“I think the president made it clear yesterday that he wants to see them disappear from the face of the earth.” White House spokeswoman Jen Psaki answers a question, saying President Joe Biden’s commitment to eliminate those responsible for the Kabul massacre, he added, “will continue until it happens.”
The US military has “strengthened security as much as possible to protect the Kabul airport and surrounding areas”. “We need to coordinate with the Taliban,” Psaki said, “we don’t trust the Taliban, it’s not a question of trust but the reality on the ground is that the Taliban control a large part of Afghanistan including the areas around the airport. there are no other options ”. Psaki reiterated that the American authorities “have no information” to suggest a role, albeit passive, of the Taliban in the attack on the Kabul airport. “There was certainly a flaw in the security operations, there is no doubt about that,” Psaki noted.
On the day after the attack outside the Kabul airport where 13 American soldiers also died, Joe Biden prepares the US reaction to give a signal that America “does not allow itself to be intimidated” by terrorists. “Every attack will receive a quick and strong response,” with the “devastating use of force if necessary,” he threatened ten days ago. A warning perhaps aimed more at the Taliban but which from Thursday has targeted those responsible for the massacre at the gates of the Afghan capital’s airport. “We will not forget, we will not forgive, we will hunt you everywhere and make you pay,” he promised between anger and tears, speaking to the nation from the White House after the tragedy. The commander in chief has ordered the Pentagon to develop attack plans to target leaders, assets and structures of Isis-K, the Afghan branch of the Islamic State that claimed responsibility for the attack.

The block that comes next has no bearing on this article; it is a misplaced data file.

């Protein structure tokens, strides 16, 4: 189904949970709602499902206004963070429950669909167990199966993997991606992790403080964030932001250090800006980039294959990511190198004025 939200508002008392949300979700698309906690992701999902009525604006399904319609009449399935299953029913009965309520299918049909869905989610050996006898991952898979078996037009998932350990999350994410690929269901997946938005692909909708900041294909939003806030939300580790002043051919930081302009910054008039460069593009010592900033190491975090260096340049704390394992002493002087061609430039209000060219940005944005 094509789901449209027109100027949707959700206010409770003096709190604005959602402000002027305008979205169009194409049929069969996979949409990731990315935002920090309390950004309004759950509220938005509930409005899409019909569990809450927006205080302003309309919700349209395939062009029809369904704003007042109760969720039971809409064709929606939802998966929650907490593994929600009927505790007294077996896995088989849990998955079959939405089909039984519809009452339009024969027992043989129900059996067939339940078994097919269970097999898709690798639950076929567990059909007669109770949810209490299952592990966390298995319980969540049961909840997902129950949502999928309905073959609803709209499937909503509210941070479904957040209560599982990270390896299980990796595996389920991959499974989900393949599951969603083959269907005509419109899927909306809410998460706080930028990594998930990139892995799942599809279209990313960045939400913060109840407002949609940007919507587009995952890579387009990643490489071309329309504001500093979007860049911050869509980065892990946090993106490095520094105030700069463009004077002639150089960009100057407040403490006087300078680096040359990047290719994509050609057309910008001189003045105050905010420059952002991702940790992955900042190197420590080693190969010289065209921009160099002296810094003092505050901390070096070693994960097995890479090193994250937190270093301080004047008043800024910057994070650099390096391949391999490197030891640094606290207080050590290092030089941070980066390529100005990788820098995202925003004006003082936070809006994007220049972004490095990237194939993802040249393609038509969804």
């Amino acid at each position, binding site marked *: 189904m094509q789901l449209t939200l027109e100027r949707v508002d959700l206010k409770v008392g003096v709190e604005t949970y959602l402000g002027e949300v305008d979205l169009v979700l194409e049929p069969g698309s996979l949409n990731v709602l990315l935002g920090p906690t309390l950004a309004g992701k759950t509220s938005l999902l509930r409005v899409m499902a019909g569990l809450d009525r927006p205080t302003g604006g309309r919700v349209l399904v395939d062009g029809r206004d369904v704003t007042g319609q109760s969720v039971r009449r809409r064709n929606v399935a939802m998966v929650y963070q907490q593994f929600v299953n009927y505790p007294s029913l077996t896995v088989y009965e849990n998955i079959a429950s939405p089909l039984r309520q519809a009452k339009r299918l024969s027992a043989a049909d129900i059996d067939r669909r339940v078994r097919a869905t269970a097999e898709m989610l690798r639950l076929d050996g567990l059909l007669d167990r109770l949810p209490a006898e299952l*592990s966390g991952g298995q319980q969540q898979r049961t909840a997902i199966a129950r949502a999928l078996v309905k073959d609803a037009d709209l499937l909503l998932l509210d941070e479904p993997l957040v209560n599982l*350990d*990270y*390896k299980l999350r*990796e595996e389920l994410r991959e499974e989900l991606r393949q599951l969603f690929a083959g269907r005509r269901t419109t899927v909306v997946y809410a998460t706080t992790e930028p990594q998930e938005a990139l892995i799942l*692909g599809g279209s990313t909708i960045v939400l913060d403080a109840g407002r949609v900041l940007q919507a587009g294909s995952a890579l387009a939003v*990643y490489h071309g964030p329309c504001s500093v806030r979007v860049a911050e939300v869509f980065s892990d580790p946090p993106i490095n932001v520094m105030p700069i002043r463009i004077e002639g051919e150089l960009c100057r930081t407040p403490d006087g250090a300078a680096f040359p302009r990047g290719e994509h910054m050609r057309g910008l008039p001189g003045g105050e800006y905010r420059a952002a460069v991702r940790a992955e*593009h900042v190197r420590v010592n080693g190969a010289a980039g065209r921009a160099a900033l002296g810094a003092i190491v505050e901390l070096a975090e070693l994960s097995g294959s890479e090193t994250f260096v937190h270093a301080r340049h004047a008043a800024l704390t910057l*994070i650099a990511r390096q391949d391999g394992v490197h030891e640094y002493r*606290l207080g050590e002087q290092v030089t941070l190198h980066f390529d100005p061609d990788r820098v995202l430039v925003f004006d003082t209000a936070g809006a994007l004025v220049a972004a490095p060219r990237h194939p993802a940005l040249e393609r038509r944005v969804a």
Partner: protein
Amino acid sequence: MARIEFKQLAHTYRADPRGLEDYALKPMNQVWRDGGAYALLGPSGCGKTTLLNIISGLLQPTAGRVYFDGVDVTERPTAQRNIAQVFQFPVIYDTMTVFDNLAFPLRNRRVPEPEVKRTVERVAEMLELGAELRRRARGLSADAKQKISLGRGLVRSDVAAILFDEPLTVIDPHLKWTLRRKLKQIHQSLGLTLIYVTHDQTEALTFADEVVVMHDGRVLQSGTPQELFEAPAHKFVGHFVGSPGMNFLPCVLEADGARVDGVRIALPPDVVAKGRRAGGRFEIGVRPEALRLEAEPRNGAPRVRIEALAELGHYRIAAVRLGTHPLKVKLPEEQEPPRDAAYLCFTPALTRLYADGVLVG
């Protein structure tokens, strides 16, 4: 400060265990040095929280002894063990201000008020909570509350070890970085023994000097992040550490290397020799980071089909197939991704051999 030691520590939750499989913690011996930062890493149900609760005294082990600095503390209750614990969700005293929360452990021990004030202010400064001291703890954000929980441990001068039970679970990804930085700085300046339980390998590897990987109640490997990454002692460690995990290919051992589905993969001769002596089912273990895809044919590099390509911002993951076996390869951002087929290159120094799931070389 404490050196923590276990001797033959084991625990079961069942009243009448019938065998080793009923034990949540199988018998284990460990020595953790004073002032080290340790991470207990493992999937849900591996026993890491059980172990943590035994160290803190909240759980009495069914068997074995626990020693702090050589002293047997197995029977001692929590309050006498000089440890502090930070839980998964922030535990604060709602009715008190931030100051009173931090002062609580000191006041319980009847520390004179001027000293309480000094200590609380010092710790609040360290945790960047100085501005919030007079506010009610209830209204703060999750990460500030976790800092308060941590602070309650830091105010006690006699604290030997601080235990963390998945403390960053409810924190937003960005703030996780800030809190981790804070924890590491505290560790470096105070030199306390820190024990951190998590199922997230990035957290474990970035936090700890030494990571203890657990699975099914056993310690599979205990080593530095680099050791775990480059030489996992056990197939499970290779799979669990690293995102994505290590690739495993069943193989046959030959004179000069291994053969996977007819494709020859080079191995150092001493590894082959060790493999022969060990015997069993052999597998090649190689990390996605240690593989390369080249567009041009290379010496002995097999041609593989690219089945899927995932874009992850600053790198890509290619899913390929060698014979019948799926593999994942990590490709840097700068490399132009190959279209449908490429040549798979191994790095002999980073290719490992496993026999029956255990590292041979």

The hypothesis under study is the use of drones and missiles against the shelters of militia leaders, probably on the porous border with Pakistan. And perhaps only after the completion of the withdrawal on August 31, so as not to further compromise the safety of the evacuations.
In the daily briefing, the Pentagon spokespersons took great care not to go into the details of the future response and limited themselves to providing some updates, first of all specifying that only one kamizake acted and that there was not a second explosion near the Baron hotel, but without giving details, not even about the shooting that followed. Investigations still seem smoky and fragmentary. For the first time, they also admitted that security breaches by the Taliban might have allowed the attack, after Biden denied evidence of “collusion” between Islamic students and ISIS. The US defense then assured that the US has the ability to continue the evacuation operations “until the last moment”, with another 12,500 people taken away in the last 24 hours, of which over 300 Americans. But that before the withdrawal it will destroy part of its arsenal in Kabul to prevent it from falling into the hands of terrorists or, as has already happened, the Taliban: too expensive and dangerous to take away heavy vehicles and equipment, such as helicopters and armored vehicles.
The Pentagon therefore confirmed that “specific and credible threats are still imminent in Kabul” and it is on these that all efforts are being concentrated, even if the frustration remains of having already foreseen an attack that has not been able to thwart. But in the meantime, the CIA is working to counter the medium and long-term threats that could emerge from the Afghan chaos, after the Taliban have shown that they do not control the territory. For this, according to the New York Times, it is negotiating for new bases in Central Asian countries, determining how many operatives can manage the sources in Afghanistan without the military and diplomatic outpost coverage they have enjoyed for 20 years. And imagining from where it could launch operations and drone launches.